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Ryan Clancy

Super 16mm on a 16mm camera

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Hi there,

I've been shooting on super and standard 16mm for a few years now and just ran into a problem that I've never considered. At the moment, my access to cameras has been limited to an Arri SR1. Prior to this change in cameras, I was shooting a project on an Arri SR3 in super 16mm and now have several 400ft rolls of Vision3 500t super 16mm film. I'm wondering what would happen if I ran the super 16mm through the SR1. Would I just get a 4:3 image? I can't find anything about this topic online. Thanks much.  

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Film is one perf or two perf, not Super or Regular. So if you're using a camera that has not been modified to Super 16 or came that way from the manufacture, you will get a 4:3 image.

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There is no such a thing as Super 16 film. There used to be single and double perforated. Most modern cameras (after WW2) take single perforated film and for years Kodak has been selling single perf mostly. If you have double perf film you can use it with most cameras, but if that camera has a S16 frame the image is going to be on that second line of perforations. The SR1 was designed to take single perf, so assuming that that specific SR1 has never been converted yes, you would get a 4:3 image. When using double perf on a R16 camera the extra space on the film remains unused.

A SR1 can be converted to S16, so as you can see if you have single perforated film it will capture the aspect ratio that you camera has. Regular 16 if the camera is untouched, Super 16 if the camera was converted.

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On 4/19/2019 at 12:19 PM, Todd Pinder said:

Film is one perf or two perf, not Super or Regular. So if you're using a camera that has not been modified to Super 16 or came that way from the manufacture, you will get a 4:3 image.

 

On 4/19/2019 at 12:21 PM, Ruben Arce said:

There is no such a thing as Super 16 film. There used to be single and double perforated. Most modern cameras (after WW2) take single perforated film and for years Kodak has been selling single perf mostly. If you have double perf film you can use it with most cameras, but if that camera has a S16 frame the image is going to be on that second line of perforations. The SR1 was designed to take single perf, so assuming that that specific SR1 has never been converted yes, you would get a 4:3 image. When using double perf on a R16 camera the extra space on the film remains unused.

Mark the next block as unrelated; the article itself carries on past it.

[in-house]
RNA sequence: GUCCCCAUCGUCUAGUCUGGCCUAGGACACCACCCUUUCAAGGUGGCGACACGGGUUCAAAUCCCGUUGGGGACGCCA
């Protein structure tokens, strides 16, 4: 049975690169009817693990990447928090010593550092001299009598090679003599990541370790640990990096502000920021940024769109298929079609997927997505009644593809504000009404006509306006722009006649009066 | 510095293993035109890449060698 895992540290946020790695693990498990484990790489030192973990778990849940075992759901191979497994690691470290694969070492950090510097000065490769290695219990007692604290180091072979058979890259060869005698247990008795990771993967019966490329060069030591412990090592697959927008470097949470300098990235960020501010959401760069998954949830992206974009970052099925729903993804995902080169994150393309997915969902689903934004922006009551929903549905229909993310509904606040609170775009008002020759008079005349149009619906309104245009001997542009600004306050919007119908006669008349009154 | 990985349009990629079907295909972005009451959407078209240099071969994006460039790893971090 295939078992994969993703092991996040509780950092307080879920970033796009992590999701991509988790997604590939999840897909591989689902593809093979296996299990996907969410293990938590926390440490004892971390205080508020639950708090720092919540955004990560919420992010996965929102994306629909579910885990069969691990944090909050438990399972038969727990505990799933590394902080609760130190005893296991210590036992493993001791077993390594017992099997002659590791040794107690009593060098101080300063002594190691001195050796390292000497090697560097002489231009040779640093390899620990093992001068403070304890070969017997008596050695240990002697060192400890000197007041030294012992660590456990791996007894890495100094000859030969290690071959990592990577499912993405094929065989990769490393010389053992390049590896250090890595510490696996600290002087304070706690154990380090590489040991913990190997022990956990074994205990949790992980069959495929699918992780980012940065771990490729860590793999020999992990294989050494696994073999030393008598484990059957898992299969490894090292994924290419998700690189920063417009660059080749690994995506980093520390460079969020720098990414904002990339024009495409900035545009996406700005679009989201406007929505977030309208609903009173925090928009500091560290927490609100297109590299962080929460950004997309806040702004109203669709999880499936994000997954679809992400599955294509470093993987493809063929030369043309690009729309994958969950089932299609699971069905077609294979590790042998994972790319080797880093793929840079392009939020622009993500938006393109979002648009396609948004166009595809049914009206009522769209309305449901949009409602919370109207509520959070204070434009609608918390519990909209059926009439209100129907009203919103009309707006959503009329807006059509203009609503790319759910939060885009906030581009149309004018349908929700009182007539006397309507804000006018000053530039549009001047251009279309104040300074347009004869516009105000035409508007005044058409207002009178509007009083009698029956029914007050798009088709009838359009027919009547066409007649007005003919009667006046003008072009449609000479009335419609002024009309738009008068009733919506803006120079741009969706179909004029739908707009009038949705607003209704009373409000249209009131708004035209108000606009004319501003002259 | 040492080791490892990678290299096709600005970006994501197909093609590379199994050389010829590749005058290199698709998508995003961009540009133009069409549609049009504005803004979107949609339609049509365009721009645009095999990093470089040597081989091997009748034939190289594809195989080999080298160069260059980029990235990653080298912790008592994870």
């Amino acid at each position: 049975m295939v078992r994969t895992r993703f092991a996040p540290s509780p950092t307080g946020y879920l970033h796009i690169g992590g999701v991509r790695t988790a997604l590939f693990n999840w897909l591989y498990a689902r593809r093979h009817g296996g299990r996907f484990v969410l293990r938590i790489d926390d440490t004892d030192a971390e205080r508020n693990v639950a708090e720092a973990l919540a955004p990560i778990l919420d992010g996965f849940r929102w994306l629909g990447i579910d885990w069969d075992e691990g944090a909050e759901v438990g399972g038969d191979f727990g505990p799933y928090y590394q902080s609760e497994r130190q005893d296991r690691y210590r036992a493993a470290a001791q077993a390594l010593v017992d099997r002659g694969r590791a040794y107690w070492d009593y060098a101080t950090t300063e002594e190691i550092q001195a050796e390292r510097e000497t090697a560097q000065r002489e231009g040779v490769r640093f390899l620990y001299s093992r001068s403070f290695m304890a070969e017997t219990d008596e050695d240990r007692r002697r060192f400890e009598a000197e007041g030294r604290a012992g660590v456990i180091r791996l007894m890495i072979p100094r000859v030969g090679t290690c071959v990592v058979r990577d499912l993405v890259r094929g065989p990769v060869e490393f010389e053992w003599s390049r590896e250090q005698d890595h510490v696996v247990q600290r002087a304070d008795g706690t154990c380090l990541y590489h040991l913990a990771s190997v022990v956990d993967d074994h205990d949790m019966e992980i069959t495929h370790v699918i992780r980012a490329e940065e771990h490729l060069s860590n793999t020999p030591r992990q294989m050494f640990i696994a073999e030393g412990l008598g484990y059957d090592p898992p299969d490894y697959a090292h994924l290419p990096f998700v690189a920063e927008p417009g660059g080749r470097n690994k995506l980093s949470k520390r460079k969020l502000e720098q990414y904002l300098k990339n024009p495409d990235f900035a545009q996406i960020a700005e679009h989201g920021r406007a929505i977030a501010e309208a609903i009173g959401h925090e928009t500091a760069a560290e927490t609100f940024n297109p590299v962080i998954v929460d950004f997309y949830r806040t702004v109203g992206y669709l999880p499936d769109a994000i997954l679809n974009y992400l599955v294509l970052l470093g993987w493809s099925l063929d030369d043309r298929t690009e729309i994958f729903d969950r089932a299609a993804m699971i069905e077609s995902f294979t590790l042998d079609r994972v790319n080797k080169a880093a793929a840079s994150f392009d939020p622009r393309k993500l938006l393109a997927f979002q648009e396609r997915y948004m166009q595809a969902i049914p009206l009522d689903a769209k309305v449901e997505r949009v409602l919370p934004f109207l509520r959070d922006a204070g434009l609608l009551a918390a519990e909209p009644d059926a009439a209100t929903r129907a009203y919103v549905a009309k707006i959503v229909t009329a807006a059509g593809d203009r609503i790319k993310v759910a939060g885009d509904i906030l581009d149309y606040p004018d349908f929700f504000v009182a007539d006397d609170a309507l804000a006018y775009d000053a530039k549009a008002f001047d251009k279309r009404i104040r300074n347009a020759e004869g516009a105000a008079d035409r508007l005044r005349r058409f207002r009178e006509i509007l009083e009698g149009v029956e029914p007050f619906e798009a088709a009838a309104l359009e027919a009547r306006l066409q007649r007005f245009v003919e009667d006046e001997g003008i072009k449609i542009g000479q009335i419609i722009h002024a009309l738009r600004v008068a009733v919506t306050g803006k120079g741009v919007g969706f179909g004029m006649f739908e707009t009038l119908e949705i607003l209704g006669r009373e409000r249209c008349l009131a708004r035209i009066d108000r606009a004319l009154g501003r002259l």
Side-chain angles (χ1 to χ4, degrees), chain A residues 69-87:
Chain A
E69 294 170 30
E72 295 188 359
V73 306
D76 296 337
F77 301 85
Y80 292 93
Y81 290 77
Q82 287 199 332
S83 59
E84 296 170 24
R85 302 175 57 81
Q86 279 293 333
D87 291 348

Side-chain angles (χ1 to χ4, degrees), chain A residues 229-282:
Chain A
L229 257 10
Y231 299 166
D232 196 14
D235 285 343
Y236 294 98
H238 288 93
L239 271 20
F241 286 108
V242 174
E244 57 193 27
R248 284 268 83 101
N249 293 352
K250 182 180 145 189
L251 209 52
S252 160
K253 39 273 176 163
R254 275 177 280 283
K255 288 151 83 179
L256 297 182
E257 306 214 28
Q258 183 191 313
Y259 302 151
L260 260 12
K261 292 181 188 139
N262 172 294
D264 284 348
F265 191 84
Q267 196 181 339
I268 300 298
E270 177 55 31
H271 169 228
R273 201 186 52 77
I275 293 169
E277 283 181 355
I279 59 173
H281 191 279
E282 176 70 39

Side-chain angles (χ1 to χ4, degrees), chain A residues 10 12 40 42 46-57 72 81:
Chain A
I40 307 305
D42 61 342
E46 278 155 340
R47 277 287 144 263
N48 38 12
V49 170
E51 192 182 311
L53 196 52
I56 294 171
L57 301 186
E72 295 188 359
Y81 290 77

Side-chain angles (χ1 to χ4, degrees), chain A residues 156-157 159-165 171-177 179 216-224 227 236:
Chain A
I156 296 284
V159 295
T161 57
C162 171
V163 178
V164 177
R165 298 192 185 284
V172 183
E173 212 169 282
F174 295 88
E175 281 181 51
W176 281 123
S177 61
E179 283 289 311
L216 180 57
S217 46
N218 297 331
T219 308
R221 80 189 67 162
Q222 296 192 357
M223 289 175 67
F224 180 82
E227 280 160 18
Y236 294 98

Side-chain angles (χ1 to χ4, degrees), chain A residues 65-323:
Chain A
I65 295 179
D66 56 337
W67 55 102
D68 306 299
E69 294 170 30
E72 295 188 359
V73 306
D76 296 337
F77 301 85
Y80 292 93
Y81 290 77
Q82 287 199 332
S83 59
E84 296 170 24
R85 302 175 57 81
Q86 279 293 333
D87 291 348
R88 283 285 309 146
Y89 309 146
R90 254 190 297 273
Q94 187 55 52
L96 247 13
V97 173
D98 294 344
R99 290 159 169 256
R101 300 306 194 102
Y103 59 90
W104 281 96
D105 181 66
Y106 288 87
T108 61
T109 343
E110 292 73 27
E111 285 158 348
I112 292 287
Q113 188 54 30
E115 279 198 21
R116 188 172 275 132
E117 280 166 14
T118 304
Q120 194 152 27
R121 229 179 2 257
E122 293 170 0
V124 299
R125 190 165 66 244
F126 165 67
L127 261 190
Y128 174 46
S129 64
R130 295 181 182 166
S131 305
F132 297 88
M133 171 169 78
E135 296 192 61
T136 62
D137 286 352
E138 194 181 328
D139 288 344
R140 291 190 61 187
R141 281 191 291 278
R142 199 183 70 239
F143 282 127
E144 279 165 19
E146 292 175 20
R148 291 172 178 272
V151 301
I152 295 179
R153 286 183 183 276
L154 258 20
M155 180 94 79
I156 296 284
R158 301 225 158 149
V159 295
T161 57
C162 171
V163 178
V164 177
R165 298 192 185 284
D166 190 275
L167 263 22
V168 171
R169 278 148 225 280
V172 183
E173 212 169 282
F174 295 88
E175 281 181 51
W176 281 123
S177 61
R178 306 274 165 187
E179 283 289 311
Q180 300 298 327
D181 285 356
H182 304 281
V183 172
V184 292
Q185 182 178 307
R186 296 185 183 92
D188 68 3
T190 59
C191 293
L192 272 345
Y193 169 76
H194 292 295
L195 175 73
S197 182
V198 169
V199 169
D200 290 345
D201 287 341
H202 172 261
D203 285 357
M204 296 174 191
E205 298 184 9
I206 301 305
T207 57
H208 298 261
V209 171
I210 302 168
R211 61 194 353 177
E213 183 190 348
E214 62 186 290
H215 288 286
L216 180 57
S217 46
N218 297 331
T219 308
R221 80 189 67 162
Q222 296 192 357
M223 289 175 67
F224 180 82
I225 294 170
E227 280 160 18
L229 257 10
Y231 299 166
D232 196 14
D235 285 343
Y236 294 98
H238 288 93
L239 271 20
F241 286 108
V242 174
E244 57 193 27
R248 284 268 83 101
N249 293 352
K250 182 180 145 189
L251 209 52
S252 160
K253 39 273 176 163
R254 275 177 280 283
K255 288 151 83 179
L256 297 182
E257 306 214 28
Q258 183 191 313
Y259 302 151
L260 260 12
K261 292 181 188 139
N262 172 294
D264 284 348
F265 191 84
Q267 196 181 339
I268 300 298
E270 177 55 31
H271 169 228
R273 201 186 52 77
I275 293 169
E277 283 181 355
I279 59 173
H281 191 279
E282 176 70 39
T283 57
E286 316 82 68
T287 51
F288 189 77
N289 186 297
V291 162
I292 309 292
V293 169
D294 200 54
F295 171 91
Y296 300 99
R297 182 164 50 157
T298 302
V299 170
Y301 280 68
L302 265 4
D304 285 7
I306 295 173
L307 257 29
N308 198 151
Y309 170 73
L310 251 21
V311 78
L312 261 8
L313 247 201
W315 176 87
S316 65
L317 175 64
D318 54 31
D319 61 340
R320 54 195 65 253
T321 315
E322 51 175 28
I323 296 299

A SR1 can be converted to S16, so as you can see if you have single perforated film it will capture the aspect ratio that you camera has. Regular 16 if the camera is untouched, Super 16 if the camera was converted.

Thank you very much, Ruben and Todd. Very helpful responses. This answered my question and solved a lot of confusion I've been having. You guys are great!

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Standard 16mm frame is super....love it....have an Aaton XTR XC and Im not converting it to super 16mm.....ironically social media is great with this format....think about it.....on phones and tablets etc looks great

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I'd love to know what ratio Kodak produces double perf vs single perf. 

I can only guess how few cameras are still being run that have double sprockets. Maybe some early Bolex cams are still floating around.

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Posted (edited)

There's only one 2R stock left in the current catalogue and that's 500T short pitch, .2994, 7219, and only in 400' lengths, so you'd have to wind it down onto spools to use it. They no longer list a .3000 long-pitch stock, which must have been one of the last uses, for medium- and high-speed cameras. It's been the only one listed for a few years so I suspect they're running down the stock.

https://www.kodak.com/motion/Products/Product_Information/index.htm

All the 2R specs are still listed, though, so presumably they would do a special order. That would be about 480,000ft. of 16mm.

Edited by Mark Dunn

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